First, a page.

Whole or pepsinized, non-antigen-specific or specific, IgA or IgG antibodies were conjugated with APC-conjugation kit (Abcam). Fifty thousand OVACR3 cells (wild type or PIGR-ablated) were placed onto a coverslip within 6-well plates and after 12 h treated with the antibodies. After different hours of incubations, cells were washed, fixed and mounted using a DAPI-containing mounting reagent (CST). Images were captured in a confocal microscope (Leica SP8) using LAS X (v. software. Quantitative acquisition was performed using Zeiss Imager Z2 upright microscope using ZEN 2.3 (blue edition) software. CZI image files were imported into Definiens Tissue Studio v.4.7 (Definiens) to quantify cellular CY5 intensity. The software was used to run nucleus and cell detection algorithms to segment each cell, nucleus and cytoplasm and calculate the mean CY5 intensity within in these compartments. Intensity and size thresholds were set to minimize false-positive detection caused by artefacts and background fluorescence.

TUNEL assay

Xenograft tumour FFPE sections were stained for TUNEL+ cells using TUNEL Alexa Fluor 647 Imaging assay kit (Thermo) according to the manufacturer’s recommendation. Tile images were captured with an ORCA-Flash 4.00 V3 CMOS camera (Hamamatsu Photonics K.K.) and Zen 2 Blue software (Carl Zeiss) and stored in CZI file format. The software was also used to stitch the image tiles into whole-slide images. Representative images were exported to 8-bit TIFF format. CZI image files were imported into Definiens Tissue Studio v.4.7 to quantify the number of TUNEL+ cells. The software was used to run a nucleus detection algorithm on the CY5 channel of the whole-slide image. Intensity and size thresholds were set to minimize false-positive detection caused artefacts and background fluorescence. An adjacent section for each tumour was stained with haematoxylin and eosin, scanned using automated slide scanner (Aperio-Leica Scanner Console (v. and the images was examined for necrotic holes within the tissues. Each tissue section was manually annotated to determine the area of the entire tissue section and large necrotic holes. The number of TUNEL+ cells was normalized by total tissue area minus large necrotic hole areas that appear in many of the tumour sections.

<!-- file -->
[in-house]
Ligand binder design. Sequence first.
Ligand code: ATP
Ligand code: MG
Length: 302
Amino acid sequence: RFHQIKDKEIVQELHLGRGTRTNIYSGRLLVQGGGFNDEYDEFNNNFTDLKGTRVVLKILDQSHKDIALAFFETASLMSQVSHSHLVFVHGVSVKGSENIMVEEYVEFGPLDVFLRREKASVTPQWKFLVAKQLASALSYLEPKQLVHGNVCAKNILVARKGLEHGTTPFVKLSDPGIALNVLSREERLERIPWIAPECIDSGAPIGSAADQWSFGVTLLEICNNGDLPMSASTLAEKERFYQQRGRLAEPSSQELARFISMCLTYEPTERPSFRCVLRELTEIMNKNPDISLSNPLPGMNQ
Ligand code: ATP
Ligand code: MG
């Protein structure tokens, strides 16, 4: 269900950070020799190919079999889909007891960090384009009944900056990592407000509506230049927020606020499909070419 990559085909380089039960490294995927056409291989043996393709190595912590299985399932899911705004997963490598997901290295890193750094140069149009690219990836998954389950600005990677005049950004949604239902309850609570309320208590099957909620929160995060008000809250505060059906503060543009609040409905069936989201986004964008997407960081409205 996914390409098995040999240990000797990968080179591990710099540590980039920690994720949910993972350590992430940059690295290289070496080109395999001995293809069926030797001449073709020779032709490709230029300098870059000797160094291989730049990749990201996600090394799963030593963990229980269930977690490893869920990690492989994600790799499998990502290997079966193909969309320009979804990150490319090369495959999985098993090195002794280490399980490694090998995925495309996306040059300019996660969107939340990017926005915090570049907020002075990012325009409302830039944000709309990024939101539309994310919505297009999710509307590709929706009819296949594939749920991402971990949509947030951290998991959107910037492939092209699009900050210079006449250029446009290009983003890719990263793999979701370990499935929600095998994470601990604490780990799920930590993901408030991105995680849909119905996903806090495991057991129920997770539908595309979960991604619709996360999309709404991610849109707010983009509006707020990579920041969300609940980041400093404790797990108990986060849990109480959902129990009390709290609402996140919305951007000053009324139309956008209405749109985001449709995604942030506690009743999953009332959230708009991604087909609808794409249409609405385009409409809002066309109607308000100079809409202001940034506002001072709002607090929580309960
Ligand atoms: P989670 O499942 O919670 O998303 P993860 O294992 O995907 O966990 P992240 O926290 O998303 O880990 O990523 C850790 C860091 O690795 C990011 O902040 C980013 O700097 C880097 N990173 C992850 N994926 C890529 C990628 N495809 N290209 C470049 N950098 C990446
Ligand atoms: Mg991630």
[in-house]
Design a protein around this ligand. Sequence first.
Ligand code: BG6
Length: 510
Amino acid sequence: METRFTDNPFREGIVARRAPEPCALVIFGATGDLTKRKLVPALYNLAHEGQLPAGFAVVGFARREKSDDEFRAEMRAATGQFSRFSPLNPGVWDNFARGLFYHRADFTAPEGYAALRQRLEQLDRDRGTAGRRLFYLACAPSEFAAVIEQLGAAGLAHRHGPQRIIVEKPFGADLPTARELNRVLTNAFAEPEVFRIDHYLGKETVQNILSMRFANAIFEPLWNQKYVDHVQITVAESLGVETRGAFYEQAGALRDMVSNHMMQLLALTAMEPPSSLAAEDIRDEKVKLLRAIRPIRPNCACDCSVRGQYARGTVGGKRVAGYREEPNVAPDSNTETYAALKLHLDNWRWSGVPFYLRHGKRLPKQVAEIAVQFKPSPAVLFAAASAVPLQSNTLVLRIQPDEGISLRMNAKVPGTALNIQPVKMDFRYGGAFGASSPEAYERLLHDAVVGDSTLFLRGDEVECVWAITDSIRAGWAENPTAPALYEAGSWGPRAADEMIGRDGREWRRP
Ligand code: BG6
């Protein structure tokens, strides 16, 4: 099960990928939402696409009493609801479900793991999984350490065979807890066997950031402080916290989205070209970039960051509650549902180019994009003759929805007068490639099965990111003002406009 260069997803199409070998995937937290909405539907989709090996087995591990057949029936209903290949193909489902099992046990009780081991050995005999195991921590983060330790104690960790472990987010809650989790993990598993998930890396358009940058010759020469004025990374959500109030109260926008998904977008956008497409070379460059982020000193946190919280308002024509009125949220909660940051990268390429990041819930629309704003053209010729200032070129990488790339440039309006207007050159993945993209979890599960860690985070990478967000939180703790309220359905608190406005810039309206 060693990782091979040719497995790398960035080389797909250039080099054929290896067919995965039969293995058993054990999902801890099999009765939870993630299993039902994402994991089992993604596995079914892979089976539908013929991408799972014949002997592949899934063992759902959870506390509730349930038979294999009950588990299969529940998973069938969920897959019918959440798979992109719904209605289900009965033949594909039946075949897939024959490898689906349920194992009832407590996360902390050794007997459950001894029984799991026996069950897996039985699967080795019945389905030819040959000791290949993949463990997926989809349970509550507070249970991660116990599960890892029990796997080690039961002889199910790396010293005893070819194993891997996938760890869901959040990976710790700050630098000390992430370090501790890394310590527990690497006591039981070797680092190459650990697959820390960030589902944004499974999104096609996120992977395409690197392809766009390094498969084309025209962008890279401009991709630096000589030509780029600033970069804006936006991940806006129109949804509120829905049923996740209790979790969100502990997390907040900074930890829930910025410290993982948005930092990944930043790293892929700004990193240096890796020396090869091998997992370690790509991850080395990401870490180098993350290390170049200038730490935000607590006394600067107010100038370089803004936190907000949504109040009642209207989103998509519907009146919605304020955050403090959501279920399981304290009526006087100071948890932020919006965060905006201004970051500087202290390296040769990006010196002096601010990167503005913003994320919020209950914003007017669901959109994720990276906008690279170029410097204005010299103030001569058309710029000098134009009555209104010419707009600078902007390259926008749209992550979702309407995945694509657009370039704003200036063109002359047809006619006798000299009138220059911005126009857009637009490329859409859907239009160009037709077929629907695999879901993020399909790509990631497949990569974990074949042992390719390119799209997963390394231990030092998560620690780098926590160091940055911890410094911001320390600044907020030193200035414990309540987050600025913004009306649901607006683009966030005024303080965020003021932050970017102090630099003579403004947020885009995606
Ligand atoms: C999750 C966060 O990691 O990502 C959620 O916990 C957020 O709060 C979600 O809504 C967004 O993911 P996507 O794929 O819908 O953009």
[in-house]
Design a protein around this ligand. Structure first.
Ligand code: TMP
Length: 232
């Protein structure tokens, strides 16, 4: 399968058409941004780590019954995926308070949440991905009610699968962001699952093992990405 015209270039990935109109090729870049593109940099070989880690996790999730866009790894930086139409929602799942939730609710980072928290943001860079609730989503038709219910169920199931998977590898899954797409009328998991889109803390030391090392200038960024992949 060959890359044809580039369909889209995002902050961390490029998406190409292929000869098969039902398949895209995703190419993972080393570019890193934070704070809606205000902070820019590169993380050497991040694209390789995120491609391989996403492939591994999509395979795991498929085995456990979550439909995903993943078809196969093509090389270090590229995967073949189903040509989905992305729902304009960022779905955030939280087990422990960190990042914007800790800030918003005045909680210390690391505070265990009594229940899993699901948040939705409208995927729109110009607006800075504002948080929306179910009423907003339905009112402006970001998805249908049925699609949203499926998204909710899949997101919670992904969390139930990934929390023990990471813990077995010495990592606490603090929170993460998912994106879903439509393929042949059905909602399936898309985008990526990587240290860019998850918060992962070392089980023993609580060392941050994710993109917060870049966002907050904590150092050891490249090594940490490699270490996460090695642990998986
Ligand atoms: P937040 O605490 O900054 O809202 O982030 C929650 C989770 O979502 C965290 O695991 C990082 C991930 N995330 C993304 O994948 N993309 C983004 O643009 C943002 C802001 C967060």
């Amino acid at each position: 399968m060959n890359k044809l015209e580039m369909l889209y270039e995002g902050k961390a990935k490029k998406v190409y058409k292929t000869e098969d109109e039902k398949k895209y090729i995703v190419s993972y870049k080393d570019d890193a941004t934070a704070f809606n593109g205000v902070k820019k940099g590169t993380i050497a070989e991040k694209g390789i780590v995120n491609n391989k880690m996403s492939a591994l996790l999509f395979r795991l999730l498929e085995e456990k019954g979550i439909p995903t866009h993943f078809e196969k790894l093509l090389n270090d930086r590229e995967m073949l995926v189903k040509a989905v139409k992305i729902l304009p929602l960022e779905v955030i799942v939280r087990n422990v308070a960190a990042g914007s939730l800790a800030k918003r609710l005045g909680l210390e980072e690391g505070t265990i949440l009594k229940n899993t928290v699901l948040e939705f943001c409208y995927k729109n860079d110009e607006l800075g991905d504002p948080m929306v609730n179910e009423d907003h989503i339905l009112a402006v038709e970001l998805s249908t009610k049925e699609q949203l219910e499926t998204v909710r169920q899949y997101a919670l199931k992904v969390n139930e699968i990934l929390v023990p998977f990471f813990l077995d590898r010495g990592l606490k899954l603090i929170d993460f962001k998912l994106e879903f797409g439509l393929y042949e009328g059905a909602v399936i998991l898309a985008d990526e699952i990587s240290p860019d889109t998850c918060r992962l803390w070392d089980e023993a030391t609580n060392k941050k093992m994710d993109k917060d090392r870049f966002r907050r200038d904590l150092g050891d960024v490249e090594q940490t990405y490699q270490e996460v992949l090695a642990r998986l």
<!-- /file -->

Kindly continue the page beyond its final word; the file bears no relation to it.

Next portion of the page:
Antibody uptake analysis in xenograft tumours

Xenograft-tumour FFPE sections were rehydrated, antigen was retrieved, blocked and incubated with anti-human IgA antibodies overnight, followed by incubation with Alexa Fluor 647-conjugated secondary antibodies (CST, 4414) and mounted. CZI image files were imported into Definiens Tissue Studio v.4.7 to quantify the number of positive foci in the tissue. The software was used to run a nucleus detection algorithm on the DAPI channel and a spot detection algorithm on the CY5 channel. Intensity and size thresholds were set to minimize false-positive detection caused by artefacts and background fluorescence. The number of positive foci per tissue was normalized by total number of nuclei.